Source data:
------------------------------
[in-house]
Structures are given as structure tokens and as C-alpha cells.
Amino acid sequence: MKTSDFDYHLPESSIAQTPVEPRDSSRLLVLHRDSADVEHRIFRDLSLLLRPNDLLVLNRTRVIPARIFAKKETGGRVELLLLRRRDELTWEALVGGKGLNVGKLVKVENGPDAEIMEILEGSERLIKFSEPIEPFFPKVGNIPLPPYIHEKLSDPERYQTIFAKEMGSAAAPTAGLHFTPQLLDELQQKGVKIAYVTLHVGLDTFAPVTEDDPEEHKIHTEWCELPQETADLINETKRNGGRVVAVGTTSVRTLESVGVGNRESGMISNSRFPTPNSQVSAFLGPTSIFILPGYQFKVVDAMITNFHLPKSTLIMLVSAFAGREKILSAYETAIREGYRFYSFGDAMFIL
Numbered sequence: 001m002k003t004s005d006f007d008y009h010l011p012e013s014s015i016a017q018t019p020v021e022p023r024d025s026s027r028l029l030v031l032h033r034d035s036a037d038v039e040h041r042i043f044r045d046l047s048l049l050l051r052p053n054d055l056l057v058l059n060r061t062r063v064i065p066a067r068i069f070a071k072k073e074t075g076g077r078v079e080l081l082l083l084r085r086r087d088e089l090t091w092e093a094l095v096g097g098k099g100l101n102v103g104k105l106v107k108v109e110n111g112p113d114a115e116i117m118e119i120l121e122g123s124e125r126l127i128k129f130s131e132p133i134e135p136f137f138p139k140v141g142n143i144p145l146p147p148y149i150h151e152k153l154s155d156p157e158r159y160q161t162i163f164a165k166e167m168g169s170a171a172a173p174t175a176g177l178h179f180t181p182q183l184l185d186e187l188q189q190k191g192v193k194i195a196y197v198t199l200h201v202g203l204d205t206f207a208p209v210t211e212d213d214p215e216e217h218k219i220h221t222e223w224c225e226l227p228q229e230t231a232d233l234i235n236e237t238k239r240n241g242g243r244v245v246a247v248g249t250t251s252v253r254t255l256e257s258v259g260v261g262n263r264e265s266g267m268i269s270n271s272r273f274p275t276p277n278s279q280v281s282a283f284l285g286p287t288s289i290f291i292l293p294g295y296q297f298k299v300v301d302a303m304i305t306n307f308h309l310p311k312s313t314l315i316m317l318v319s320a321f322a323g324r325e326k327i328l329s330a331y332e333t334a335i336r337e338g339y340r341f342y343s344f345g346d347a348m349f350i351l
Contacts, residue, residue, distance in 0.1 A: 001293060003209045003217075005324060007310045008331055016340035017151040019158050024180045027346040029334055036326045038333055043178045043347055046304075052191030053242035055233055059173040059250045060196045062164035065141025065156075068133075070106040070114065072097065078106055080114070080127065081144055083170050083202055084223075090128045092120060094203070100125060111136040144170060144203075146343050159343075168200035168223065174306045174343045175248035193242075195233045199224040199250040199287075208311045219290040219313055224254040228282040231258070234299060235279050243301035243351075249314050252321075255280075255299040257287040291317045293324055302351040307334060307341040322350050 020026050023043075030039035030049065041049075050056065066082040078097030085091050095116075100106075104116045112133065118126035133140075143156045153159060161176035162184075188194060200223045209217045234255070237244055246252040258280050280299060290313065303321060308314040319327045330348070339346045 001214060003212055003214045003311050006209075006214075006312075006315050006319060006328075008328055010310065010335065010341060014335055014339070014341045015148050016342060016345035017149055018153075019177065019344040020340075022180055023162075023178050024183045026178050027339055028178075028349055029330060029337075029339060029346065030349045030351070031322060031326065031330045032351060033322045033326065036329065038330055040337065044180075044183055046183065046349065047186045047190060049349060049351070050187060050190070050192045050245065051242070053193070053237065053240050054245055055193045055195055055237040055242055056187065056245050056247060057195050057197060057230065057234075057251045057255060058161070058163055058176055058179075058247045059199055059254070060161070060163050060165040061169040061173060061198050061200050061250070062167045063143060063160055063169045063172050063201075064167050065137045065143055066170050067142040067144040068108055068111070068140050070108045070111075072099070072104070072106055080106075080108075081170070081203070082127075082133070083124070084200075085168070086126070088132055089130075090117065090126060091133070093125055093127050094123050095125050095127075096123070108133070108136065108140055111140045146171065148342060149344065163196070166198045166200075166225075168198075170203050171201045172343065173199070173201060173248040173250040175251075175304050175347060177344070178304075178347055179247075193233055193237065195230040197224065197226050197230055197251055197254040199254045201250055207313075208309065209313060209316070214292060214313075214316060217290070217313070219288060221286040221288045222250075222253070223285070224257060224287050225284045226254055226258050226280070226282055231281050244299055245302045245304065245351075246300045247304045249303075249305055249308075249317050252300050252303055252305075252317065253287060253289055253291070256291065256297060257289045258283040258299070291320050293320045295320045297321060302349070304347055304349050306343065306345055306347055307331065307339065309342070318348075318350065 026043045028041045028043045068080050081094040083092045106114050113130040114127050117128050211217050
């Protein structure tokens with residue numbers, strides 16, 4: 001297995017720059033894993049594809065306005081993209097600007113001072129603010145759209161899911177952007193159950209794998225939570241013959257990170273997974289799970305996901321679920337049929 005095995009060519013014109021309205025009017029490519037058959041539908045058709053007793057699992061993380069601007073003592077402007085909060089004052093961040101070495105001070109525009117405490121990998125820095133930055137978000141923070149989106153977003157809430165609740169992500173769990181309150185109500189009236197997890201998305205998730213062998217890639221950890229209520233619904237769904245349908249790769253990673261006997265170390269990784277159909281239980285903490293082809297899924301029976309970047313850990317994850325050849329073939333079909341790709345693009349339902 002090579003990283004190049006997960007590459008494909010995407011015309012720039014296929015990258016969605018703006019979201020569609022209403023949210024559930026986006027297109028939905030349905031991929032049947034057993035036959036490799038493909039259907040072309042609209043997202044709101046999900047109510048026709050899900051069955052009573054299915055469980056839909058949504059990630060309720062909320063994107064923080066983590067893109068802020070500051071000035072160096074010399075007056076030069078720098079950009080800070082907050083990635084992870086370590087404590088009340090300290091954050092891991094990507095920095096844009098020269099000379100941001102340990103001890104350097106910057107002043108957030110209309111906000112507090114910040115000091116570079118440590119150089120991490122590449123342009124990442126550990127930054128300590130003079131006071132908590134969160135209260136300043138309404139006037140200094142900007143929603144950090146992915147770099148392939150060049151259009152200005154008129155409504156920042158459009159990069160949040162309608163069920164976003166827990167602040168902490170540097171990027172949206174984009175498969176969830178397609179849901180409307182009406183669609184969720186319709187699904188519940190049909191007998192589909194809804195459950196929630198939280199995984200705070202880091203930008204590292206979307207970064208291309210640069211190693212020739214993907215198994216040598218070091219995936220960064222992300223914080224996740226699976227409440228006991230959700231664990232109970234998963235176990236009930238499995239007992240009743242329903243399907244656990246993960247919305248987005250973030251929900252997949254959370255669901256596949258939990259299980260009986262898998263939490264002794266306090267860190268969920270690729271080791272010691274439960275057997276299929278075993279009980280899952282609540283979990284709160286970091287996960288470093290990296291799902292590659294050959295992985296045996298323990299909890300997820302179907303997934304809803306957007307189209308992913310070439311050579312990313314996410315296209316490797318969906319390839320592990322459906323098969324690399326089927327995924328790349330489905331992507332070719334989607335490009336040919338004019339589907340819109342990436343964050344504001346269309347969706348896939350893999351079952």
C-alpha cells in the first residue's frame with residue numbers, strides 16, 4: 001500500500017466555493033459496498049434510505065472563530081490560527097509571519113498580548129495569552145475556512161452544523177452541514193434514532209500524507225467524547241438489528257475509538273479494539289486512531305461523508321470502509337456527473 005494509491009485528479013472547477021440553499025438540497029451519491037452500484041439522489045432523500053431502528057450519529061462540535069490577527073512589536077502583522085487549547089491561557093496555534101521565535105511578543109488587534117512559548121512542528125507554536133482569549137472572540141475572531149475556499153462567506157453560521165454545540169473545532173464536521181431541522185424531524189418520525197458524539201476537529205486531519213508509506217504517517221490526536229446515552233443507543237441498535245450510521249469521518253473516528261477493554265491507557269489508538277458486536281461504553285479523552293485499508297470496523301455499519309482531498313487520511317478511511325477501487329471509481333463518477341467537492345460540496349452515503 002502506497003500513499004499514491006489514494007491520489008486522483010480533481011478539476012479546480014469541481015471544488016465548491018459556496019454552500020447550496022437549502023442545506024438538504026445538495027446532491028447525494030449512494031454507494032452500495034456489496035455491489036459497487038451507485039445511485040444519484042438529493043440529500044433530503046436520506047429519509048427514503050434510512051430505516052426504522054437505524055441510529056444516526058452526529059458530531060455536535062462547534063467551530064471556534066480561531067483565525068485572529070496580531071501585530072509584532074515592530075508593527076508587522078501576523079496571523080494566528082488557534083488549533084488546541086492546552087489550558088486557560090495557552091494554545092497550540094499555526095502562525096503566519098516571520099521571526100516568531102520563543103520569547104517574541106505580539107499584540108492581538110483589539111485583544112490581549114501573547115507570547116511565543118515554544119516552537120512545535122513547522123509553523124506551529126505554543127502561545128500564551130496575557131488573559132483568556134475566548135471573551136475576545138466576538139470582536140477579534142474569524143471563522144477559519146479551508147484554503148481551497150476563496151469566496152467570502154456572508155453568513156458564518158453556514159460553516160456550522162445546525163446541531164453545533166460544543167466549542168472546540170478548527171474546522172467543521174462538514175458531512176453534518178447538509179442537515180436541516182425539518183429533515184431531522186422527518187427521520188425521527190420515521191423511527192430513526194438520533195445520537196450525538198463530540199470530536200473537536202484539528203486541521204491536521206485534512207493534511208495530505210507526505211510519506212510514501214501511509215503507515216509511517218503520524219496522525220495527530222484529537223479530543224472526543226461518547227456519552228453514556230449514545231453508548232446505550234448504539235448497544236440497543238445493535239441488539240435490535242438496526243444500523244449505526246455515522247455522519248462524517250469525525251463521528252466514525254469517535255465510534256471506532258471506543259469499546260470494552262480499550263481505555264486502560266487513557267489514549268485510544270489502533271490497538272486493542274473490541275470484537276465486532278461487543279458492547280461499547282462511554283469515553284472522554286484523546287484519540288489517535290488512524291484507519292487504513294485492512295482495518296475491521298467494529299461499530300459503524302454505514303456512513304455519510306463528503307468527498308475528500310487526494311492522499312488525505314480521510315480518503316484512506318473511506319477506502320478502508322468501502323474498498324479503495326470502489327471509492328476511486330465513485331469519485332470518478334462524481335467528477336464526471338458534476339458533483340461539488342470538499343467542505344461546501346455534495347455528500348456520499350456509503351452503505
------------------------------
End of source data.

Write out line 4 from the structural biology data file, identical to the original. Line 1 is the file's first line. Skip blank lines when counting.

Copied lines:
Numbered sequence: 001m002k003t004s005d006f007d008y009h010l011p012e013s014s015i016a017q018t019p020v021e022p023r024d025s026s027r028l029l030v031l032h033r034d035s036a037d038v039e040h041r042i043f044r045d046l047s048l049l050l051r052p053n054d055l056l057v058l059n060r061t062r063v064i065p066a067r068i069f070a071k072k073e074t075g076g077r078v079e080l081l082l083l084r085r086r087d088e089l090t091w092e093a094l095v096g097g098k099g100l101n102v103g104k105l106v107k108v109e110n111g112p113d114a115e116i117m118e119i120l121e122g123s124e125r126l127i128k129f130s131e132p133i134e135p136f137f138p139k140v141g142n143i144p145l146p147p148y149i150h151e152k153l154s155d156p157e158r159y160q161t162i163f164a165k166e167m168g169s170a171a172a173p174t175a176g177l178h179f180t181p182q183l184l185d186e187l188q189q190k191g192v193k194i195a196y197v198t199l200h201v202g203l204d205t206f207a208p209v210t211e212d213d214p215e216e217h218k219i220h221t222e223w224c225e226l227p228q229e230t231a232d233l234i235n236e237t238k239r240n241g242g243r244v245v246a247v248g249t250t251s252v253r254t255l256e257s258v259g260v261g262n263r264e265s266g267m268i269s270n271s272r273f274p275t276p277n278s279q280v281s282a283f284l285g286p287t288s289i290f291i292l293p294g295y296q297f298k299v300v301d302a303m304i305t306n307f308h309l310p311k312s313t314l315i316m317l318v319s320a321f322a323g324r325e326k327i328l329s330a331y332e333t334a335i336r337e338g339y340r341f342y343s344f345g346d347a348m349f350i351l